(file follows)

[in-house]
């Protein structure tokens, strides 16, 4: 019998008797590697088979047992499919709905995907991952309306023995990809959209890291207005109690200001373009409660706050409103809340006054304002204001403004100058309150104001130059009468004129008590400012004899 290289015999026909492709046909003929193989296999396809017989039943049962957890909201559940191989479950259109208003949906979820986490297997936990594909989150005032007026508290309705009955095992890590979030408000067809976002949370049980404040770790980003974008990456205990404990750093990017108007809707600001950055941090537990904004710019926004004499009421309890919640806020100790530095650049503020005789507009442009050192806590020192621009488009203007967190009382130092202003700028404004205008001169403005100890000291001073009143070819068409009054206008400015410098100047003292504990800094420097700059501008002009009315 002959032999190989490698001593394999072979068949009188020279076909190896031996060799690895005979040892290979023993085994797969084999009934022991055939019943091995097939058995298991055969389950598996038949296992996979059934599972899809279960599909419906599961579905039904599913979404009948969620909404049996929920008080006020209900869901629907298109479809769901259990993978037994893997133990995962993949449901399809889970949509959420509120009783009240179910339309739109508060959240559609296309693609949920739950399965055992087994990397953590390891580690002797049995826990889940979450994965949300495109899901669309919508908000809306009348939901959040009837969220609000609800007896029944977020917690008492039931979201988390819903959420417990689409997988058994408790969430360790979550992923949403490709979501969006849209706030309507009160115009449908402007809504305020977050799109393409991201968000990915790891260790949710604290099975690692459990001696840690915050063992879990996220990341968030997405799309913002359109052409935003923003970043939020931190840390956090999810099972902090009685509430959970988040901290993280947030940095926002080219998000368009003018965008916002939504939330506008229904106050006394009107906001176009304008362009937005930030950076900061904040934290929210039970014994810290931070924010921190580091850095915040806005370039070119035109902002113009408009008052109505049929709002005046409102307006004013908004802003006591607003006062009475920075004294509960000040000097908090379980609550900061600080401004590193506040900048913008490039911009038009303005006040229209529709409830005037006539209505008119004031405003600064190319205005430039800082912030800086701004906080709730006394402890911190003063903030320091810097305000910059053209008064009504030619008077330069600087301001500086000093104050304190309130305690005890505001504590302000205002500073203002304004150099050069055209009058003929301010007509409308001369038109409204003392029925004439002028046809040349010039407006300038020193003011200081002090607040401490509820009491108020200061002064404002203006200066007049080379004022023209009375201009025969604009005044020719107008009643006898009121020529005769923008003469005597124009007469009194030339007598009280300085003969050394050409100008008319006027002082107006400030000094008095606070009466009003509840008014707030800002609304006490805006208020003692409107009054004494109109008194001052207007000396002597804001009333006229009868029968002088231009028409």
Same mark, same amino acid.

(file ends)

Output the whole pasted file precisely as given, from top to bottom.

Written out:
[in-house]
């Protein structure tokens, strides 16, 4: 019998008797590697088979047992499919709905995907991952309306023995990809959209890291207005109690200001373009409660706050409103809340006054304002204001403004100058309150104001130059009468004129008590400012004899 290289015999026909492709046909003929193989296999396809017989039943049962957890909201559940191989479950259109208003949906979820986490297997936990594909989150005032007026508290309705009955095992890590979030408000067809976002949370049980404040770790980003974008990456205990404990750093990017108007809707600001950055941090537990904004710019926004004499009421309890919640806020100790530095650049503020005789507009442009050192806590020192621009488009203007967190009382130092202003700028404004205008001169403005100890000291001073009143070819068409009054206008400015410098100047003292504990800094420097700059501008002009009315 002959032999190989490698001593394999072979068949009188020279076909190896031996060799690895005979040892290979023993085994797969084999009934022991055939019943091995097939058995298991055969389950598996038949296992996979059934599972899809279960599909419906599961579905039904599913979404009948969620909404049996929920008080006020209900869901629907298109479809769901259990993978037994893997133990995962993949449901399809889970949509959420509120009783009240179910339309739109508060959240559609296309693609949920739950399965055992087994990397953590390891580690002797049995826990889940979450994965949300495109899901669309919508908000809306009348939901959040009837969220609000609800007896029944977020917690008492039931979201988390819903959420417990689409997988058994408790969430360790979550992923949403490709979501969006849209706030309507009160115009449908402007809504305020977050799109393409991201968000990915790891260790949710604290099975690692459990001696840690915050063992879990996220990341968030997405799309913002359109052409935003923003970043939020931190840390956090999810099972902090009685509430959970988040901290993280947030940095926002080219998000368009003018965008916002939504939330506008229904106050006394009107906001176009304008362009937005930030950076900061904040934290929210039970014994810290931070924010921190580091850095915040806005370039070119035109902002113009408009008052109505049929709002005046409102307006004013908004802003006591607003006062009475920075004294509960000040000097908090379980609550900061600080401004590193506040900048913008490039911009038009303005006040229209529709409830005037006539209505008119004031405003600064190319205005430039800082912030800086701004906080709730006394402890911190003063903030320091810097305000910059053209008064009504030619008077330069600087301001500086000093104050304190309130305690005890505001504590302000205002500073203002304004150099050069055209009058003929301010007509409308001369038109409204003392029925004439002028046809040349010039407006300038020193003011200081002090607040401490509820009491108020200061002064404002203006200066007049080379004022023209009375201009025969604009005044020719107008009643006898009121020529005769923008003469005597124009007469009194030339007598009280300085003969050394050409100008008319006027002082107006400030000094008095606070009466009003509840008014707030800002609304006490805006208020003692409107009054004494109109008194001052207007000396002597804001009333006229009868029968002088231009028409």
Same mark, same amino acid.